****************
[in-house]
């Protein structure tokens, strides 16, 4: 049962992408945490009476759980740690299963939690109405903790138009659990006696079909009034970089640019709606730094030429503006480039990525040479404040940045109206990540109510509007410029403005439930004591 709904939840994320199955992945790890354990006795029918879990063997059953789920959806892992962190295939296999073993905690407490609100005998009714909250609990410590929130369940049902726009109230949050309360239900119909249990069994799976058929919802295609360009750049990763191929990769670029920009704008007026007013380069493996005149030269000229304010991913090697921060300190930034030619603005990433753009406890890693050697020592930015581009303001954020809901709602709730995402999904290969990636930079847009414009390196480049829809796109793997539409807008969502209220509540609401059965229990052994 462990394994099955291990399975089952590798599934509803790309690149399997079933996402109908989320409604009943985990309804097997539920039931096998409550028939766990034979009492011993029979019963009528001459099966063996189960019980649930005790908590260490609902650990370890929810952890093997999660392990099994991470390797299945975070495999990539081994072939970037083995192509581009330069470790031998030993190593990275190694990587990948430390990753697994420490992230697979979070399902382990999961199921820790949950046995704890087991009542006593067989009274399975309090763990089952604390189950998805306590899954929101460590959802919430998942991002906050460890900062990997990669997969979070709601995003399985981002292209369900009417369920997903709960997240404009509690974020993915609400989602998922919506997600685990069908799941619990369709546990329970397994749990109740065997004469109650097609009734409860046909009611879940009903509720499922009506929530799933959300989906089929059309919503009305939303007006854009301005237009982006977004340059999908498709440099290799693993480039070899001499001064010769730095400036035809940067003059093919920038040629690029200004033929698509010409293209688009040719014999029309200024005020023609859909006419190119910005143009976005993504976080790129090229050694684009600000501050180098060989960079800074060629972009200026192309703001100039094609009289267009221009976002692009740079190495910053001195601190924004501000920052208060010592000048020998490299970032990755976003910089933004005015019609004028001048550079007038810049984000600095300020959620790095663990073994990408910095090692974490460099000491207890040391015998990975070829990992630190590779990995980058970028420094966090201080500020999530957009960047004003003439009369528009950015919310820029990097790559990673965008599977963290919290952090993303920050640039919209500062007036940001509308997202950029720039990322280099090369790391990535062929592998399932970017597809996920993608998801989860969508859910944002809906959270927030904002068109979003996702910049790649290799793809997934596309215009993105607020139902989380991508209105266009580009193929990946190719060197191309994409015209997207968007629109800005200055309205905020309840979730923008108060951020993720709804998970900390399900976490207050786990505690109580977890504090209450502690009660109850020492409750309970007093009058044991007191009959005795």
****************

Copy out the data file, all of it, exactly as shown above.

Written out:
[in-house]
């Protein structure tokens, strides 16, 4: 049962992408945490009476759980740690299963939690109405903790138009659990006696079909009034970089640019709606730094030429503006480039990525040479404040940045109206990540109510509007410029403005439930004591 709904939840994320199955992945790890354990006795029918879990063997059953789920959806892992962190295939296999073993905690407490609100005998009714909250609990410590929130369940049902726009109230949050309360239900119909249990069994799976058929919802295609360009750049990763191929990769670029920009704008007026007013380069493996005149030269000229304010991913090697921060300190930034030619603005990433753009406890890693050697020592930015581009303001954020809901709602709730995402999904290969990636930079847009414009390196480049829809796109793997539409807008969502209220509540609401059965229990052994 462990394994099955291990399975089952590798599934509803790309690149399997079933996402109908989320409604009943985990309804097997539920039931096998409550028939766990034979009492011993029979019963009528001459099966063996189960019980649930005790908590260490609902650990370890929810952890093997999660392990099994991470390797299945975070495999990539081994072939970037083995192509581009330069470790031998030993190593990275190694990587990948430390990753697994420490992230697979979070399902382990999961199921820790949950046995704890087991009542006593067989009274399975309090763990089952604390189950998805306590899954929101460590959802919430998942991002906050460890900062990997990669997969979070709601995003399985981002292209369900009417369920997903709960997240404009509690974020993915609400989602998922919506997600685990069908799941619990369709546990329970397994749990109740065997004469109650097609009734409860046909009611879940009903509720499922009506929530799933959300989906089929059309919503009305939303007006854009301005237009982006977004340059999908498709440099290799693993480039070899001499001064010769730095400036035809940067003059093919920038040629690029200004033929698509010409293209688009040719014999029309200024005020023609859909006419190119910005143009976005993504976080790129090229050694684009600000501050180098060989960079800074060629972009200026192309703001100039094609009289267009221009976002692009740079190495910053001195601190924004501000920052208060010592000048020998490299970032990755976003910089933004005015019609004028001048550079007038810049984000600095300020959620790095663990073994990408910095090692974490460099000491207890040391015998990975070829990992630190590779990995980058970028420094966090201080500020999530957009960047004003003439009369528009950015919310820029990097790559990673965008599977963290919290952090993303920050640039919209500062007036940001509308997202950029720039990322280099090369790391990535062929592998399932970017597809996920993608998801989860969508859910944002809906959270927030904002068109979003996702910049790649290799793809997934596309215009993105607020139902989380991508209105266009580009193929990946190719060197191309994409015209997207968007629109800005200055309205905020309840979730923008108060951020993720709804998970900390399900976490207050786990505690109580977890504090209450502690009660109850020492409750309970007093009058044991007191009959005795």